Friday, April 6, 2012

Poems for Good Friday

For Good Friday, to contrasting poems by two very different masters of the devotional poem. I find it interesting that both, to an extent, express the same sentiments, and even present parallel elements. I was unable to confirm if Rossetti consciously based her poem on the earlier Donne, but she was known to take inspiration from earlier works, and then put her own personal twist on them. Both poets bemoan their lack of response to the ultimate sacrifice. Each notes the deep response of a woman: Donne acknowledges Mary, the mother of Christ; Rossetti, the women that mourned at the cross, and later first witnessed the resurrection. The two ask for a softening of their hard hearts at the close of the poems.

Donne writes his longer poem in Heroic Couplets; that is, in Iambic Pentameter with two consecutive rhyming lines. Chaucer is believed to have first popularized this form, with Alexander Pope and John Dryden the names most associated with this form. This formal style is typical of Donne and his era, and requires a careful reading and re-reading to tease out the gems of thought.

by John Donne

LET man's soul be a sphere, and then, in this,
Th' intelligence that moves, devotion is ;
And as the other spheres, by being grown
Subject to foreign motion, lose their own,
And being by others hurried every day,
Scarce in a year their natural form obey ;
Pleasure or business, so, our souls admit
For their first mover, and are whirl'd by it.
Hence is't, that I am carried towards the west,
This day, when my soul's form bends to the East.
There I should see a Sun by rising set,
And by that setting endless day beget.
But that Christ on His cross did rise and fall,
Sin had eternally benighted all.
Yet dare I almost be glad, I do not see
That spectacle of too much weight for me.
Who sees Gods face, that is self-life, must die ;
What a death were it then to see God die ?
It made His own lieutenant, Nature, shrink,
It made His footstool crack, and the sun wink.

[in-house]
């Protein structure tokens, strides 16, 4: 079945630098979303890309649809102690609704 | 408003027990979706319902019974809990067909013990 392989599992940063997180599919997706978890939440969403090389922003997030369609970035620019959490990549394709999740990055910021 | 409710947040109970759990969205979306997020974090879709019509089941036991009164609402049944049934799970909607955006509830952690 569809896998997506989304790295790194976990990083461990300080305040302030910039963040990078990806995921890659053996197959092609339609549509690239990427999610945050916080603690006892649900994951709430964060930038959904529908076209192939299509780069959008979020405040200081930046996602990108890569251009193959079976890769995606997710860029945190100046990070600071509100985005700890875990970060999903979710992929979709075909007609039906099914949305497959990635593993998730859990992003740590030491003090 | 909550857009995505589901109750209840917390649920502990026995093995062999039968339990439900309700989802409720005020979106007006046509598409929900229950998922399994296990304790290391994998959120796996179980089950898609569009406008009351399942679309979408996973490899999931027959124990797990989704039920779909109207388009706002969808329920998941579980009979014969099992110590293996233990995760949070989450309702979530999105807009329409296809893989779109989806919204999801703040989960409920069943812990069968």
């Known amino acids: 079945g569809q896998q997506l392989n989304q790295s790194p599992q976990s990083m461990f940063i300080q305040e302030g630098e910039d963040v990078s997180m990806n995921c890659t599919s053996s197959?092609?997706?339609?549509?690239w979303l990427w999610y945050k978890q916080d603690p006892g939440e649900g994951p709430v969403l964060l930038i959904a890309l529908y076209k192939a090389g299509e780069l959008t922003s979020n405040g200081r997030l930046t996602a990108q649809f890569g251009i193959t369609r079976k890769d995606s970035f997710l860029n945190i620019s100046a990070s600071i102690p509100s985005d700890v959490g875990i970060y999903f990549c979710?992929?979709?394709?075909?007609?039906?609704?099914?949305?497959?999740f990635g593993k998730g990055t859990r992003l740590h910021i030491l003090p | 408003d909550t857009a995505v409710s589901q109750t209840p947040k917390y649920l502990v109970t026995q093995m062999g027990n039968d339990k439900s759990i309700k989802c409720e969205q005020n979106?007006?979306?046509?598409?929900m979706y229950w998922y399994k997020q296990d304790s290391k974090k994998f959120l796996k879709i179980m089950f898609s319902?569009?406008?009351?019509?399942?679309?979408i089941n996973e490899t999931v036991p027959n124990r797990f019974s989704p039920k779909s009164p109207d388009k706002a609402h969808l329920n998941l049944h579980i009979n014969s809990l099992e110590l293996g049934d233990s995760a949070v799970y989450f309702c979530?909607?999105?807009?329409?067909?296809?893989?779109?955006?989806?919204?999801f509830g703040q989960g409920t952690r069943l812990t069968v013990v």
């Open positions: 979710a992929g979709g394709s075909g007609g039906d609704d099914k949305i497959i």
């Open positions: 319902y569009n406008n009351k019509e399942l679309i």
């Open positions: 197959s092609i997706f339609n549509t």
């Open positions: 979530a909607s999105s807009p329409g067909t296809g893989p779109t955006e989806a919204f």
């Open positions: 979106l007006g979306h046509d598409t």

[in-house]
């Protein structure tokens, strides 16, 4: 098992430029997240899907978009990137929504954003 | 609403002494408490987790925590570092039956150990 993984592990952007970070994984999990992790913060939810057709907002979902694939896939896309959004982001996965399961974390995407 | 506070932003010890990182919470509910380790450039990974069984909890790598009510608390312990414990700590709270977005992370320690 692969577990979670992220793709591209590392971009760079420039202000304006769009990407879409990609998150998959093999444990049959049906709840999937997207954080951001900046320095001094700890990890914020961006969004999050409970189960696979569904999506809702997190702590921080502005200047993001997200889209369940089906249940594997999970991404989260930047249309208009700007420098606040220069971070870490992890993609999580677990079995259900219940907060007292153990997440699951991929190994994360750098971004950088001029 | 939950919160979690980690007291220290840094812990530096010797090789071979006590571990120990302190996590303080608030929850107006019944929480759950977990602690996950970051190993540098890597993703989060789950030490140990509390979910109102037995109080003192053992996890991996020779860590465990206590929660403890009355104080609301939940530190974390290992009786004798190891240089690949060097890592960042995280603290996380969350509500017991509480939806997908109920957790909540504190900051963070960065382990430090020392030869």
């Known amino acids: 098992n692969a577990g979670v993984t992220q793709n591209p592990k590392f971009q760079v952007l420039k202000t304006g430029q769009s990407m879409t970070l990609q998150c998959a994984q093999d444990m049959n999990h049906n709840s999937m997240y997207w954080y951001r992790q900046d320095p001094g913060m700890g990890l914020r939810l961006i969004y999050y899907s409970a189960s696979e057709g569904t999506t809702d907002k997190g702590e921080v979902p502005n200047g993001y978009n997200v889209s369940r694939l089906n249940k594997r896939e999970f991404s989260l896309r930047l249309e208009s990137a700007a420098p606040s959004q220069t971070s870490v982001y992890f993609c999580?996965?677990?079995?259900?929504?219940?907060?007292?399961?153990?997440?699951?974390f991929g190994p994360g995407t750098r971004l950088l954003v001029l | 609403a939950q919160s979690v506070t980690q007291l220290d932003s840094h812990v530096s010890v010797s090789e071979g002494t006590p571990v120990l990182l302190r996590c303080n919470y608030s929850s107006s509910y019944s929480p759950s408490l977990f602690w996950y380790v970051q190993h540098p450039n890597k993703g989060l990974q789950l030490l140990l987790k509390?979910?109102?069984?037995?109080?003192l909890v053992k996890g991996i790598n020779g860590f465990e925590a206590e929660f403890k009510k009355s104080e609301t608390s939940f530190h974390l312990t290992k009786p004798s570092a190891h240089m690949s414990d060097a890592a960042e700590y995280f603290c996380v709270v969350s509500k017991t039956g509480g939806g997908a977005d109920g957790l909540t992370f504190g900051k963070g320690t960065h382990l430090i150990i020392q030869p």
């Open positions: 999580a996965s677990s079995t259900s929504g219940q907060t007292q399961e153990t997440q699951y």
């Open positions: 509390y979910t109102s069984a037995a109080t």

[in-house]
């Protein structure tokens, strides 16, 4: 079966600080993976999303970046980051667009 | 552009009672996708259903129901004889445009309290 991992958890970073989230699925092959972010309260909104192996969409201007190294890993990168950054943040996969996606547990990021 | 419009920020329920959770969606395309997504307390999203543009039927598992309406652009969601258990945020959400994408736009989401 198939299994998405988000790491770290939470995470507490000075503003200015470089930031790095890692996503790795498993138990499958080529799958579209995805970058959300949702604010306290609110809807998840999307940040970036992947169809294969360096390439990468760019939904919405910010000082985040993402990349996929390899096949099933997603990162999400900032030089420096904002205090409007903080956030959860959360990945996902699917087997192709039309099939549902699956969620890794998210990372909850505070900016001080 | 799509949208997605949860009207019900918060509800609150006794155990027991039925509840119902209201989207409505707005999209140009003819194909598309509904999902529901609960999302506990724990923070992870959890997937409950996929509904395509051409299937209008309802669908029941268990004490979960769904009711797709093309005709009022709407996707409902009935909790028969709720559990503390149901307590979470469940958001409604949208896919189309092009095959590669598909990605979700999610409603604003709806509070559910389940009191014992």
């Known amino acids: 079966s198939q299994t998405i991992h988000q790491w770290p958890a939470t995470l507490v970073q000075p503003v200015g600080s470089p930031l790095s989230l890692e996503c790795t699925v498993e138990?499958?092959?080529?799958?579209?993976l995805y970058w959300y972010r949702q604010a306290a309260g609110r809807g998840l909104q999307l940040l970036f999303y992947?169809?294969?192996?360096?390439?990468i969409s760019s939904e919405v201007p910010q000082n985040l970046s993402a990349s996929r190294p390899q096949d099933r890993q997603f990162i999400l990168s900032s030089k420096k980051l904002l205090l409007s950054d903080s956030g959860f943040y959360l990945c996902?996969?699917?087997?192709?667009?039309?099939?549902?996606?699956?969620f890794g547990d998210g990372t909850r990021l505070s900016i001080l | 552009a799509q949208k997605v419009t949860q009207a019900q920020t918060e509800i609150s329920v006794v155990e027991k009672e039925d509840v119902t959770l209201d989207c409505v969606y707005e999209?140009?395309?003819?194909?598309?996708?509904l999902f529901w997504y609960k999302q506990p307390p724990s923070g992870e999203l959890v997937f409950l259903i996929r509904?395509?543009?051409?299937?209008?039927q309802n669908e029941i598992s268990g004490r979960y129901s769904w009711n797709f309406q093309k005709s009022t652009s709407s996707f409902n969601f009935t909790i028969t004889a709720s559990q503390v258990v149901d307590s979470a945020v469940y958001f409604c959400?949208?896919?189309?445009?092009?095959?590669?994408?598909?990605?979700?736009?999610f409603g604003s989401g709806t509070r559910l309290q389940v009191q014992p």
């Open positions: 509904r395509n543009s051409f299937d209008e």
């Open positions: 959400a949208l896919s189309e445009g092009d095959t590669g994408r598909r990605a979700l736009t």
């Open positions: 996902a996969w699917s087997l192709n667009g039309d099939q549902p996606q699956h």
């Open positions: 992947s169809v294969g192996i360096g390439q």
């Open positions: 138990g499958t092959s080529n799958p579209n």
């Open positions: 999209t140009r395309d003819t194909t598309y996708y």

Could I behold those hands, which span the poles
And tune all spheres at once, pierced with those holes ?
Could I behold that endless height, which is
Zenith to us and our antipodes,
Humbled below us ? or that blood, which is
The seat of all our soul's, if not of His,
Made dirt of dust, or that flesh which was worn
By God for His apparel, ragg'd and torn ?
If on these things I durst not look, durst I
On His distressed Mother cast mine eye,
Who was God's partner here, and furnish'd thus
Half of that sacrifice which ransom'd us ?
Though these things as I ride be from mine eye,
They're present yet unto my memory,
For that looks towards them ; and Thou look'st towards me,
O Saviour, as Thou hang'st upon the tree.
I turn my back to thee but to receive
Corrections till Thy mercies bid Thee leave.
O think me worth Thine anger, punish me,
Burn off my rust, and my deformity ;
Restore Thine image, so much, by Thy grace,
That Thou mayst know me, and I'll turn my face. 

Rossetti uses her mastery of rhythm to lend the stanzas of her poem a certain focus. The first line in each, to my reading, contains four accented syllables. The unaccented syllables are dropped in some cases. This also occurs in the last line of stanza, where there are three accents. The middle two lines are pentameter, and are linked by rhyme, as are the first and last. Thus, the emphasis is on the beginning and end of the stanza, with the strongest impact left to the end. Rossetti, despite using far fewer words, makes the point with an impact equal to Donne.

Good Friday
By Christina Rossetti

Am I a stone, and not a sheep,
     That I can stand, O Christ, beneath Thy cross,
To number drop by drop Thy blood's slow loss,
And yet not weep?
Not so those women loved
     Who with exceeding grief lamented Thee;
Not so fallen Peter weeping bitterly;
     Not so the thief was moved;
Not so the Sun and Moon   
     Which hid their faces in a starless sky,
A horror of great darkness at broad noon--
     I, only I.
Yet give not o'er,
     But seek Thy sheep, true Shepherd of the flock;
Greater than Moses, turn and look once more
     And smite a rock.

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